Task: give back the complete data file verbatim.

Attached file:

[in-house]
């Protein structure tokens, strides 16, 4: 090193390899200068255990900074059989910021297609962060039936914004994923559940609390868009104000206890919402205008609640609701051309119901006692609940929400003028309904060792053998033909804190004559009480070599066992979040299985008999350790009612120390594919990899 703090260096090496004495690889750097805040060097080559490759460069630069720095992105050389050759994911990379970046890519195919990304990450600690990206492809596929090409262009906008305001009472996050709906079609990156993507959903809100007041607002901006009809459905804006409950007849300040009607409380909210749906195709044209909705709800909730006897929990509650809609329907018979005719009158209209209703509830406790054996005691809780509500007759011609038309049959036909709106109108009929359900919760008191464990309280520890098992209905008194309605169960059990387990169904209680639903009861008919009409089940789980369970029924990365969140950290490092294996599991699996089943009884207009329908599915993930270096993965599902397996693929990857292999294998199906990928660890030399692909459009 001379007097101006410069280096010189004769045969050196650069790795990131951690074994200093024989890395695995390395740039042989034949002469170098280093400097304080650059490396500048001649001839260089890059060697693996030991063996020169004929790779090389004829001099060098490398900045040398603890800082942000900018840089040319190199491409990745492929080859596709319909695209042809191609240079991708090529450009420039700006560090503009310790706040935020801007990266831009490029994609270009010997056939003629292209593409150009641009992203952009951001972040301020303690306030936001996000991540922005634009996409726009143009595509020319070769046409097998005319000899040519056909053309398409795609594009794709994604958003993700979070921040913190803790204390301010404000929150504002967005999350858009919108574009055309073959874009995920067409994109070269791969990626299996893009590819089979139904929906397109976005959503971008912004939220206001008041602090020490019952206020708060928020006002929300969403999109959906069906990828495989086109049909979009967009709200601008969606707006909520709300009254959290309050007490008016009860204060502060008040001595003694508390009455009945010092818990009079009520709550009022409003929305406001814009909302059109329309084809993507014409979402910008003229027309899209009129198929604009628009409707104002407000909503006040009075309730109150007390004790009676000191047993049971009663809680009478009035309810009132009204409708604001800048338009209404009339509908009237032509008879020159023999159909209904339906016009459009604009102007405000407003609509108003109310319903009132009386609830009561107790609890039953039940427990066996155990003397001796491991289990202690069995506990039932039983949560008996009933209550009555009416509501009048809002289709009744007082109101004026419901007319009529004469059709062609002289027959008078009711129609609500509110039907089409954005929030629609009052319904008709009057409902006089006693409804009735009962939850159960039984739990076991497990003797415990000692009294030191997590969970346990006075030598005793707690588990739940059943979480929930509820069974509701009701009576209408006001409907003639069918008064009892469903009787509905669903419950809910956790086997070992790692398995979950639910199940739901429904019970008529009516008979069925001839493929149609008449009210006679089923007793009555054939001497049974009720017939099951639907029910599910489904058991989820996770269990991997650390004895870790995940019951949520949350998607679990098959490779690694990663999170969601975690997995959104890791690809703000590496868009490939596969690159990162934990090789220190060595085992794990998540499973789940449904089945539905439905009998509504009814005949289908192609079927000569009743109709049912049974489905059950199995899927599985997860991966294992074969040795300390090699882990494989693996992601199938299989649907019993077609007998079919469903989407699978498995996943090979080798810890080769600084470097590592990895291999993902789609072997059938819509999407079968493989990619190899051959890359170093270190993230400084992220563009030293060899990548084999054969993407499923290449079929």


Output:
[in-house]
């Protein structure tokens, strides 16, 4: 090193390899200068255990900074059989910021297609962060039936914004994923559940609390868009104000206890919402205008609640609701051309119901006692609940929400003028309904060792053998033909804190004559009480070599066992979040299985008999350790009612120390594919990899 703090260096090496004495690889750097805040060097080559490759460069630069720095992105050389050759994911990379970046890519195919990304990450600690990206492809596929090409262009906008305001009472996050709906079609990156993507959903809100007041607002901006009809459905804006409950007849300040009607409380909210749906195709044209909705709800909730006897929990509650809609329907018979005719009158209209209703509830406790054996005691809780509500007759011609038309049959036909709106109108009929359900919760008191464990309280520890098992209905008194309605169960059990387990169904209680639903009861008919009409089940789980369970029924990365969140950290490092294996599991699996089943009884207009329908599915993930270096993965599902397996693929990857292999294998199906990928660890030399692909459009 001379007097101006410069280096010189004769045969050196650069790795990131951690074994200093024989890395695995390395740039042989034949002469170098280093400097304080650059490396500048001649001839260089890059060697693996030991063996020169004929790779090389004829001099060098490398900045040398603890800082942000900018840089040319190199491409990745492929080859596709319909695209042809191609240079991708090529450009420039700006560090503009310790706040935020801007990266831009490029994609270009010997056939003629292209593409150009641009992203952009951001972040301020303690306030936001996000991540922005634009996409726009143009595509020319070769046409097998005319000899040519056909053309398409795609594009794709994604958003993700979070921040913190803790204390301010404000929150504002967005999350858009919108574009055309073959874009995920067409994109070269791969990626299996893009590819089979139904929906397109976005959503971008912004939220206001008041602090020490019952206020708060928020006002929300969403999109959906069906990828495989086109049909979009967009709200601008969606707006909520709300009254959290309050007490008016009860204060502060008040001595003694508390009455009945010092818990009079009520709550009022409003929305406001814009909302059109329309084809993507014409979402910008003229027309899209009129198929604009628009409707104002407000909503006040009075309730109150007390004790009676000191047993049971009663809680009478009035309810009132009204409708604001800048338009209404009339509908009237032509008879020159023999159909209904339906016009459009604009102007405000407003609509108003109310319903009132009386609830009561107790609890039953039940427990066996155990003397001796491991289990202690069995506990039932039983949560008996009933209550009555009416509501009048809002289709009744007082109101004026419901007319009529004469059709062609002289027959008078009711129609609500509110039907089409954005929030629609009052319904008709009057409902006089006693409804009735009962939850159960039984739990076991497990003797415990000692009294030191997590969970346990006075030598005793707690588990739940059943979480929930509820069974509701009701009576209408006001409907003639069918008064009892469903009787509905669903419950809910956790086997070992790692398995979950639910199940739901429904019970008529009516008979069925001839493929149609008449009210006679089923007793009555054939001497049974009720017939099951639907029910599910489904058991989820996770269990991997650390004895870790995940019951949520949350998607679990098959490779690694990663999170969601975690997995959104890791690809703000590496868009490939596969690159990162934990090789220190060595085992794990998540499973789940449904089945539905439905009998509504009814005949289908192609079927000569009743109709049912049974489905059950199995899927599985997860991966294992074969040795300390090699882990494989693996992601199938299989649907019993077609007998079919469903989407699978498995996943090979080798810890080769600084470097590592990895291999993902789609072997059938819509999407079968493989990619190899051959890359170093270190993230400084992220563009030293060899990548084999054969993407499923290449079929």